How we got locked out of our own website — and finally got back in!

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This is a small technical tip that we’re posting in case it can help another WordPress user. For our readers who don’t know or care what WordPress is, just delete this message. For those who do, WordPress is a blogging and content management system which is used by millions of users to create and manage online content, from the most insignificant blogs (like http://myphilippinelife.com or http://goiloilo.com) to major newspapers such as the blogs of the New York Times.

I did a really foolish thing. I was migrating our blog goiloilo.com to a new domain, myphilippinelife.com. Since we had quite a few links to and readers of our old blog, goiloilo.com, we wanted to redirect them to the new site, myphilippinelife.com.

Using the wonderful Redirection plug-in for WordPress, we redirected certain popular posts from the old site to the new. That worked fine. Then we added a wild-card redirect to send all the hundreds of other posts automatically to the new site’s homepage. It worked beautifully. For example, users would click the goiloilo.com link http://goiloilo.com/buying-a-laptop-computer-for-the-philippines and be whisked to http://myphilippinelife.com/buying-a-laptop-computer-philippines/ automatically.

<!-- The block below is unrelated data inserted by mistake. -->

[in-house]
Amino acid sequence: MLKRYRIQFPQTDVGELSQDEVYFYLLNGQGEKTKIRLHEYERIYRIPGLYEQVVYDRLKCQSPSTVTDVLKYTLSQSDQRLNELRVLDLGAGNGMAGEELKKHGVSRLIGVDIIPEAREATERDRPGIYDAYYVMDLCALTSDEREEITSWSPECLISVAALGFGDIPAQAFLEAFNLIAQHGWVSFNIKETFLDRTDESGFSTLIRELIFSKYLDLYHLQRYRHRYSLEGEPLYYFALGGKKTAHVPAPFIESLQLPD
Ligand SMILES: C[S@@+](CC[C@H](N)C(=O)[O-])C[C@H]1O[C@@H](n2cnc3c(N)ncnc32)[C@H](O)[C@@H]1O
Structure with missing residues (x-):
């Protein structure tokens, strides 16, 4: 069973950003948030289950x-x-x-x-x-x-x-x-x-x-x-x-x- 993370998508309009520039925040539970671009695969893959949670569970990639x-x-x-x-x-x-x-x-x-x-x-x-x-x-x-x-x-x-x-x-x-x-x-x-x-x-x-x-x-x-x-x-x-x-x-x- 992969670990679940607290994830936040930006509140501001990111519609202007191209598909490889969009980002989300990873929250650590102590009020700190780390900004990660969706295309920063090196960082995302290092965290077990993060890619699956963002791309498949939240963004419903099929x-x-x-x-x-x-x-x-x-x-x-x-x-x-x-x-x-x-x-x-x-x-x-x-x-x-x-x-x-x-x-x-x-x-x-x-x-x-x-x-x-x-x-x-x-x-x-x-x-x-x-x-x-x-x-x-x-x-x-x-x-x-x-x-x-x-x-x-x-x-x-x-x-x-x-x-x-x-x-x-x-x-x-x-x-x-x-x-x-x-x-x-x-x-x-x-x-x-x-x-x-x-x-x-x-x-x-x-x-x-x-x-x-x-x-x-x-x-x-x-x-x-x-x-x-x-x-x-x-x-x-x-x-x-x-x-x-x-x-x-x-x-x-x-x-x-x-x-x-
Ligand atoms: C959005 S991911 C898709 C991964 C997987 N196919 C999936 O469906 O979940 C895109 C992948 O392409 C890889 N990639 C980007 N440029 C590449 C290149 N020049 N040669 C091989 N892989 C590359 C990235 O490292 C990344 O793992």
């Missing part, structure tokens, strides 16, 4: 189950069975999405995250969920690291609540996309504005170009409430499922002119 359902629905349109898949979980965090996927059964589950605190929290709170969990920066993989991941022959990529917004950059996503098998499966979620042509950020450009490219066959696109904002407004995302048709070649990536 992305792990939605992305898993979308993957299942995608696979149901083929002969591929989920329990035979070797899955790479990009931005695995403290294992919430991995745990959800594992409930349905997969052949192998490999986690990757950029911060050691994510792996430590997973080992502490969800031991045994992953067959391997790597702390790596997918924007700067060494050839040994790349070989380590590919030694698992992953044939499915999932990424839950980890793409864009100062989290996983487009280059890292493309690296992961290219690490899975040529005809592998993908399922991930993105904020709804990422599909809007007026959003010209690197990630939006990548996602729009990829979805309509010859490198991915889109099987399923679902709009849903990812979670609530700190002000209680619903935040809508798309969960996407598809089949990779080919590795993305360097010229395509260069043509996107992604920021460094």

I logged out of my WordPress goiloilo.com administrative account. When I went to log back in again, to http://goiloilo.com *I* was redirected to http://myphilippinelife.com/. We could not access our own blog. I could not get in to delete that wild card redirect. I was locked out of our own site.

I tried everything. Here’s how I finally broke back in to our site. I logged into our CPanel account. Both the new and old site are on the same shared server. Then I opened phpMyAdmin. That’s a utility which allows you to see and edit the SQL database which underlies WordPress. Mistakes in using phpMyAdmin can be disastrous, as I found out when I did a global delete of “goiloilo.com” from my SQL database rather than a search for goiloilo.com and replacement with myphilippinelife.com. That has resulted in hundreds of hours of manual work repairing links to hundreds and hundreds of photos.

Getting back to my lockout problem, phpMyAdmin allowed me to browse the redirects that the Redirection plug-in had created and to select and delete the wildcard redirect which was locking us out of our own site. Problem solved. We hope this may help anyone else who does the same foolish thing!

phpMyAdmin redirects

 

Here’s a link to the excellent Redirection plug-in web site.

Comments (2) Write a comment

  1. Thanks for the tip, Bob, glad you got back in. I just recently changed my Word Press theme because my website was loading really slow, but with the new change, the site loads pretty quickly now. I’ll keep your info on hand for future reference.

    Reply

    • Thanks Dave. It’s been a struggle for me. I ran our blog starting in 2008, but I really knew almost nothing about the technical aspects. I had a designer get it up on WordPress and make it look a little better, but I never did anything but take photos and write posts. I never dared update WordPress. Then, late last year Google notified me that someone had injected “cloaked spam” into goiloilo.com. All it was was a bit of code in my CSS template. I tried to get the designer who did the earlier work to fix the problems, but he was too busy. I decided to try to do it myself and I have been struggling to learn about plug-ins, themes, HTML, REGEX etc. I’m an old guy, so it’s a bit slow, but I am enjoying cleaning out the mental cobwebs by working on the blog, http://myphilippinelife.com. Regards, Bob

      Reply

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